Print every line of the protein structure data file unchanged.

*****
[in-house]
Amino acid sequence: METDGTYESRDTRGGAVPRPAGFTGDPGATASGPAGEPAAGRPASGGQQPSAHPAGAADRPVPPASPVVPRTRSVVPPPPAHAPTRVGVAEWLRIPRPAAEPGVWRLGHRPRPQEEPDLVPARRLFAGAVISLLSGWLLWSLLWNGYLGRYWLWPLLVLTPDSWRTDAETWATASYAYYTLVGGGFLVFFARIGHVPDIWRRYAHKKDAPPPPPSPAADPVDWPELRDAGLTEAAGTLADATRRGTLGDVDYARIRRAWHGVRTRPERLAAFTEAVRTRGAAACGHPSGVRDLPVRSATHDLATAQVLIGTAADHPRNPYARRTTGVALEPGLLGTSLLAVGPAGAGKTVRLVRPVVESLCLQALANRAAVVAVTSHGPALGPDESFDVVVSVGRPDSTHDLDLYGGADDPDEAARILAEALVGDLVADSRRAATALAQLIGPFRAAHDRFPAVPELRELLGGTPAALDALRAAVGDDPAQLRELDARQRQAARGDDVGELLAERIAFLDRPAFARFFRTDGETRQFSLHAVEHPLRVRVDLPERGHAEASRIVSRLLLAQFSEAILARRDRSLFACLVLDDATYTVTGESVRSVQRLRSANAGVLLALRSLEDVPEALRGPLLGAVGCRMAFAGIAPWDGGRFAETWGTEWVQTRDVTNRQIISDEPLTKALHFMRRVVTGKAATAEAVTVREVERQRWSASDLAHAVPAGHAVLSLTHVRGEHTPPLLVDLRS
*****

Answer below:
[in-house]
Amino acid sequence: METDGTYESRDTRGGAVPRPAGFTGDPGATASGPAGEPAAGRPASGGQQPSAHPAGAADRPVPPASPVVPRTRSVVPPPPAHAPTRVGVAEWLRIPRPAAEPGVWRLGHRPRPQEEPDLVPARRLFAGAVISLLSGWLLWSLLWNGYLGRYWLWPLLVLTPDSWRTDAETWATASYAYYTLVGGGFLVFFARIGHVPDIWRRYAHKKDAPPPPPSPAADPVDWPELRDAGLTEAAGTLADATRRGTLGDVDYARIRRAWHGVRTRPERLAAFTEAVRTRGAAACGHPSGVRDLPVRSATHDLATAQVLIGTAADHPRNPYARRTTGVALEPGLLGTSLLAVGPAGAGKTVRLVRPVVESLCLQALANRAAVVAVTSHGPALGPDESFDVVVSVGRPDSTHDLDLYGGADDPDEAARILAEALVGDLVADSRRAATALAQLIGPFRAAHDRFPAVPELRELLGGTPAALDALRAAVGDDPAQLRELDARQRQAARGDDVGELLAERIAFLDRPAFARFFRTDGETRQFSLHAVEHPLRVRVDLPERGHAEASRIVSRLLLAQFSEAILARRDRSLFACLVLDDATYTVTGESVRSVQRLRSANAGVLLALRSLEDVPEALRGPLLGAVGCRMAFAGIAPWDGGRFAETWGTEWVQTRDVTNRQIISDEPLTKALHFMRRVVTGKAATAEAVTVREVERQRWSASDLAHAVPAGHAVLSLTHVRGEHTPPLLVDLRS